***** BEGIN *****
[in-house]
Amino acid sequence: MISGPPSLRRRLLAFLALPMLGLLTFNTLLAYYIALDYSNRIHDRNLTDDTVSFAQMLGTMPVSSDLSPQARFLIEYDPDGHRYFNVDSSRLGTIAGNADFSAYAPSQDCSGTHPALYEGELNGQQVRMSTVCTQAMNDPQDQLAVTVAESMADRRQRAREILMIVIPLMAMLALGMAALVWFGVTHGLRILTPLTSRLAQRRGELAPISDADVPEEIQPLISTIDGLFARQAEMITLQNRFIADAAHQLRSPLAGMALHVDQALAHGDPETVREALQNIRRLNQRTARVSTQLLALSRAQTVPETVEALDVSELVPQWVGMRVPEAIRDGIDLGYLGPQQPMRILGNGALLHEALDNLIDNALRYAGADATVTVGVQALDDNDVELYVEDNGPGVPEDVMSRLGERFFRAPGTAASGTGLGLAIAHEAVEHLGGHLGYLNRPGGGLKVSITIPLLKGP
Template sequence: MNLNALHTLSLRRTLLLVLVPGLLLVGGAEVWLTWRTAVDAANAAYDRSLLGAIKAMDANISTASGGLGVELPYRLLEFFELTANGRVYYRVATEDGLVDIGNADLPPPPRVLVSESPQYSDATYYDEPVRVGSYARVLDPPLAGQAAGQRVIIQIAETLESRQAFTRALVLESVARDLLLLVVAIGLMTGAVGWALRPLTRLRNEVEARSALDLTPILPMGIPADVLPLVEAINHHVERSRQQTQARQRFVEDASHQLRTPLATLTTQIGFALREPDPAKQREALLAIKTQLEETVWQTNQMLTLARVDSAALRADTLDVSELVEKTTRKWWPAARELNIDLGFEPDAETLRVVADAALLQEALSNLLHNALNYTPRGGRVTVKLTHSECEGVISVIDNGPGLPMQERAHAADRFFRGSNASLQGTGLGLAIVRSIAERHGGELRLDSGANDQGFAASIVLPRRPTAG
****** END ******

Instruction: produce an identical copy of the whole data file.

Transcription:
[in-house]
Amino acid sequence: MISGPPSLRRRLLAFLALPMLGLLTFNTLLAYYIALDYSNRIHDRNLTDDTVSFAQMLGTMPVSSDLSPQARFLIEYDPDGHRYFNVDSSRLGTIAGNADFSAYAPSQDCSGTHPALYEGELNGQQVRMSTVCTQAMNDPQDQLAVTVAESMADRRQRAREILMIVIPLMAMLALGMAALVWFGVTHGLRILTPLTSRLAQRRGELAPISDADVPEEIQPLISTIDGLFARQAEMITLQNRFIADAAHQLRSPLAGMALHVDQALAHGDPETVREALQNIRRLNQRTARVSTQLLALSRAQTVPETVEALDVSELVPQWVGMRVPEAIRDGIDLGYLGPQQPMRILGNGALLHEALDNLIDNALRYAGADATVTVGVQALDDNDVELYVEDNGPGVPEDVMSRLGERFFRAPGTAASGTGLGLAIAHEAVEHLGGHLGYLNRPGGGLKVSITIPLLKGP
Template sequence: MNLNALHTLSLRRTLLLVLVPGLLLVGGAEVWLTWRTAVDAANAAYDRSLLGAIKAMDANISTASGGLGVELPYRLLEFFELTANGRVYYRVATEDGLVDIGNADLPPPPRVLVSESPQYSDATYYDEPVRVGSYARVLDPPLAGQAAGQRVIIQIAETLESRQAFTRALVLESVARDLLLLVVAIGLMTGAVGWALRPLTRLRNEVEARSALDLTPILPMGIPADVLPLVEAINHHVERSRQQTQARQRFVEDASHQLRTPLATLTTQIGFALREPDPAKQREALLAIKTQLEETVWQTNQMLTLARVDSAALRADTLDVSELVEKTTRKWWPAARELNIDLGFEPDAETLRVVADAALLQEALSNLLHNALNYTPRGGRVTVKLTHSECEGVISVIDNGPGLPMQERAHAADRFFRGSNASLQGTGLGLAIVRSIAERHGGELRLDSGANDQGFAASIVLPRRPTAG